How to Install Dropbox on Ubuntu 22.04 LTS

How to Install Dropbox on Ubuntu 22.04 LTS

This tutorial shows you installing the Dropbox client app on Ubuntu 22.04 LTS in a few easy-to-follow steps.

Dropbox is a popular cloud storage service that lets you save files online and sync them to your devices. It is an excellent choice for anyone seeking an easy-to-use, low-cost cloud storage platform.

This article will show you how to install Dropbox in Ubuntu 22.04, with the caveat that the steps are the same for all other versions of Ubuntu.

Step 1: Get Ubuntu Dropbox Installer

The first step is to get the Dropbox application’s installation file for our Ubuntu system. So, go to the Dropbox website and choose the 64-bit (.deb) file version for Ubuntu for download.

Download Dropbox installation package for Ubuntu

A file with a .deb extension is a Debian Software Package file. If you are interested in getting into detail about installing .deb files in Ubuntu, our excellent guide “How to Install deb Files in Ubuntu [with Examples]” may help you.

Once the system has finished downloading the Dropbox installer, the installation process is next.

Step 2: Install Dropbox Installer on Ubuntu

We should clarify that the downloaded package does not install the Dropbox application itself but just its installer. In other words, we must first install it and then run it to install the Dropbox desktop client for your Ubuntu system.

Navigate to your “Downloads” directory, find the Dropbox installer package, right-click on it and choose the “Open With Software install” option.

Install .deb file

The Ubuntu software application will open the file and allow you to install it. Click the “Install” button to begin the installation.

Software Install App

Enter your user password when prompted and hit “Authenticate.”

Software Install - password authentication

Wait for the installation to complete then you can close the window.

Step 3: Run Dropbox Installation

Once installed, you can start Dropbox installation from the application menu. Type “dropbox” and click on the icon when it appears.

Starting installer

An informational pop-up window appears the first time you run it. To proceed, click “OK.”

Dropbox Installer notification

The Dropbox installation on your Ubuntu system will begin. It will be finished quickly, in less than a minute. So, please wait for it to be complete.

Installing Dropbox on Ubuntu

Once Dropbox is installed, it will launch your default browser and show the Dropbox login screen, where you must enter your Dropbox account username and password. Keep in mind that Dropbox will not function until you properly sign in.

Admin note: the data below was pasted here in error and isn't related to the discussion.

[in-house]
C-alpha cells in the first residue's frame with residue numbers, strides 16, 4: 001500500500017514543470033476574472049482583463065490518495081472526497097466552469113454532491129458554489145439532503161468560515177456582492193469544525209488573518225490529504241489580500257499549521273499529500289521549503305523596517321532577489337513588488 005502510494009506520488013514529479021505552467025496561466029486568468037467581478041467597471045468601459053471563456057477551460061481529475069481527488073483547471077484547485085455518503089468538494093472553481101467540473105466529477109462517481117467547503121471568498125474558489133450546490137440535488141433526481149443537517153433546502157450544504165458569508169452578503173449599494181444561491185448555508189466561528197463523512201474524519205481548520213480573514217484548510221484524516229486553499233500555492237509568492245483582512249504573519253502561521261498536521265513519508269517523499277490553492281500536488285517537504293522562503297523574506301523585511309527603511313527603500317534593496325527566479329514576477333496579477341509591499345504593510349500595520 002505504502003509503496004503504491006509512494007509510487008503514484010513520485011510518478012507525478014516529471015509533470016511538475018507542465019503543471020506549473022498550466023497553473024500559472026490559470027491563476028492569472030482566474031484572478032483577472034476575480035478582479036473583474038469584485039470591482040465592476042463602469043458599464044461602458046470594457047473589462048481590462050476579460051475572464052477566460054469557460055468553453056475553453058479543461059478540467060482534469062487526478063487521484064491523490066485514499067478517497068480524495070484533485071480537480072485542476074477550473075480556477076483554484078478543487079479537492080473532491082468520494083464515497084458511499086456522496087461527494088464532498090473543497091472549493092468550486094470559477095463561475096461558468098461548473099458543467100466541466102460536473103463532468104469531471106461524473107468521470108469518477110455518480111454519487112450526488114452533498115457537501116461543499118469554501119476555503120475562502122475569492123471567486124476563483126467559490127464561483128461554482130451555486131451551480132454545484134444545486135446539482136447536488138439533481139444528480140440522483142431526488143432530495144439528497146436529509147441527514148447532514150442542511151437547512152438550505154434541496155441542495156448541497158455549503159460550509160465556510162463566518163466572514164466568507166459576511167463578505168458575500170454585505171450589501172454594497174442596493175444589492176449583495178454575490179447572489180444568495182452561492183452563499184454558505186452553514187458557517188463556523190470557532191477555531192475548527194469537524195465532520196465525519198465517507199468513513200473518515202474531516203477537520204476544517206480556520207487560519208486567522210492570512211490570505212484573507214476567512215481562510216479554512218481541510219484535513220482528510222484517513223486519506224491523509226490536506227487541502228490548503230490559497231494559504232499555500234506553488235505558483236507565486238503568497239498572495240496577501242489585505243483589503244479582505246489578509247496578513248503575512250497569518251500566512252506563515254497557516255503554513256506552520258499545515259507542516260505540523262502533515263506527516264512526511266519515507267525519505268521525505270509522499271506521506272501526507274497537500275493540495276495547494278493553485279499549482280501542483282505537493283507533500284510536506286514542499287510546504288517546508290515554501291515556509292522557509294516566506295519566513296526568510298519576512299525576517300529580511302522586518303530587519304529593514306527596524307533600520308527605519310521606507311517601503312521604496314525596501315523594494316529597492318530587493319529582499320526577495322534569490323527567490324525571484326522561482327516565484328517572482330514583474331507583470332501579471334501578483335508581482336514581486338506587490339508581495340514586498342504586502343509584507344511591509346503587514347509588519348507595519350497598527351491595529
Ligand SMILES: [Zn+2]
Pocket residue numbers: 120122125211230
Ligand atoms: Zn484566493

Dropbox Sign In page

You are done once you successfully authenticate. A message will notify you that your Dropbox account has been successfully connected. Clicking on “Continue to Dropbox” will take you to your Dropbox account.

Dropbox account successfully authenticated

Now you should see a Dropbox folder created in your home directory, and your files from the cloud should begin to show here.

Dropbox folder

Furthermore, the Dropbox icon will appear in the system tray area of your Ubuntu system, and by clicking on it, you may manage your Dropbox instance.

Dropbox successfully installed on Ubuntu 22.04

Conclusion

This tutorial showed you how to install one of the world’s most popular cloud storage services, Dropbox, on Ubuntu 22.04 LTS.

It should be noted that the free Dropbox version allows for a maximum of three devices to be connected simultaneously. If you reach this limit, you must unlink one of them before joining the new one.

This limitation, however, can be bypassed by using an alternative Dropbox client, such as Maestral. Our comprehensive “Maestral Dropbox Client, How to Install and Use It on Linux” article will come in handy if you choose to go this way.

Thank you for using this guide. Feel free to share your thoughts in the comments box below.

Bobby Borisov
Bobby Borisov

Bobby is a Linux professional with over 20 years of experience. With a strong focus on Linux and open-source software, Bobby has worked as a Linux System Administrator, Software Developer, and DevOps Engineer for small and large multinational companies.

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